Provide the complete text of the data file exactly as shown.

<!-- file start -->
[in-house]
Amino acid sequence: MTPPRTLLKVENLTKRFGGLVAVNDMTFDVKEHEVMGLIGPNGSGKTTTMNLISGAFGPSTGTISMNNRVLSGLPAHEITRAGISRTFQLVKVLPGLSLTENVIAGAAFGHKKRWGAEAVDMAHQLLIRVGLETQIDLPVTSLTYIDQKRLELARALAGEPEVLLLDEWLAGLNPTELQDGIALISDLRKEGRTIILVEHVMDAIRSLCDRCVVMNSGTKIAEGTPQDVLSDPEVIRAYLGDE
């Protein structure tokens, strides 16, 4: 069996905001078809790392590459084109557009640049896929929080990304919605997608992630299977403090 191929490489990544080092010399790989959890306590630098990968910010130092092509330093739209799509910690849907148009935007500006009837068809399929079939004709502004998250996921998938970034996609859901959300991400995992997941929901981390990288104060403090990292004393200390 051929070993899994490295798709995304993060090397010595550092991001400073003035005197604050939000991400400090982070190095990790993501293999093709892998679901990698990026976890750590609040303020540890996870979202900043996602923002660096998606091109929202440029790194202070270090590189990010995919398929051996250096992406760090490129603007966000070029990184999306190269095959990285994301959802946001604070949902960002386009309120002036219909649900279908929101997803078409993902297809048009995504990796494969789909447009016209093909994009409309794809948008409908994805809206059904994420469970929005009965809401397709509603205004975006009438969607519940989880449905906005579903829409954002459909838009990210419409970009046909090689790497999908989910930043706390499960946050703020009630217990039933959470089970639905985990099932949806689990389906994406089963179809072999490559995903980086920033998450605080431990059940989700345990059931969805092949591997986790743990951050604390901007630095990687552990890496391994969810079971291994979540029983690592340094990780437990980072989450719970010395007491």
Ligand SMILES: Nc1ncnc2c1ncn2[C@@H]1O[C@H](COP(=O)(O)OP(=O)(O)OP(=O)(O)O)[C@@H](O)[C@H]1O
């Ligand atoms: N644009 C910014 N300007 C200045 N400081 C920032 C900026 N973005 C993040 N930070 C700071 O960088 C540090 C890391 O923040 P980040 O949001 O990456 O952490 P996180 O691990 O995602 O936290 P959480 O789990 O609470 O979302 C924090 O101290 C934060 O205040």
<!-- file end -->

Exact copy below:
[in-house]
Amino acid sequence: MTPPRTLLKVENLTKRFGGLVAVNDMTFDVKEHEVMGLIGPNGSGKTTTMNLISGAFGPSTGTISMNNRVLSGLPAHEITRAGISRTFQLVKVLPGLSLTENVIAGAAFGHKKRWGAEAVDMAHQLLIRVGLETQIDLPVTSLTYIDQKRLELARALAGEPEVLLLDEWLAGLNPTELQDGIALISDLRKEGRTIILVEHVMDAIRSLCDRCVVMNSGTKIAEGTPQDVLSDPEVIRAYLGDE
């Protein structure tokens, strides 16, 4: 069996905001078809790392590459084109557009640049896929929080990304919605997608992630299977403090 191929490489990544080092010399790989959890306590630098990968910010130092092509330093739209799509910690849907148009935007500006009837068809399929079939004709502004998250996921998938970034996609859901959300991400995992997941929901981390990288104060403090990292004393200390 051929070993899994490295798709995304993060090397010595550092991001400073003035005197604050939000991400400090982070190095990790993501293999093709892998679901990698990026976890750590609040303020540890996870979202900043996602923002660096998606091109929202440029790194202070270090590189990010995919398929051996250096992406760090490129603007966000070029990184999306190269095959990285994301959802946001604070949902960002386009309120002036219909649900279908929101997803078409993902297809048009995504990796494969789909447009016209093909994009409309794809948008409908994805809206059904994420469970929005009965809401397709509603205004975006009438969607519940989880449905906005579903829409954002459909838009990210419409970009046909090689790497999908989910930043706390499960946050703020009630217990039933959470089970639905985990099932949806689990389906994406089963179809072999490559995903980086920033998450605080431990059940989700345990059931969805092949591997986790743990951050604390901007630095990687552990890496391994969810079971291994979540029983690592340094990780437990980072989450719970010395007491």
Ligand SMILES: Nc1ncnc2c1ncn2[C@@H]1O[C@H](COP(=O)(O)OP(=O)(O)OP(=O)(O)O)[C@@H](O)[C@H]1O
């Ligand atoms: N644009 C910014 N300007 C200045 N400081 C920032 C900026 N973005 C993040 N930070 C700071 O960088 C540090 C890391 O923040 P980040 O949001 O990456 O952490 P996180 O691990 O995602 O936290 P959480 O789990 O609470 O979302 C924090 O101290 C934060 O205040």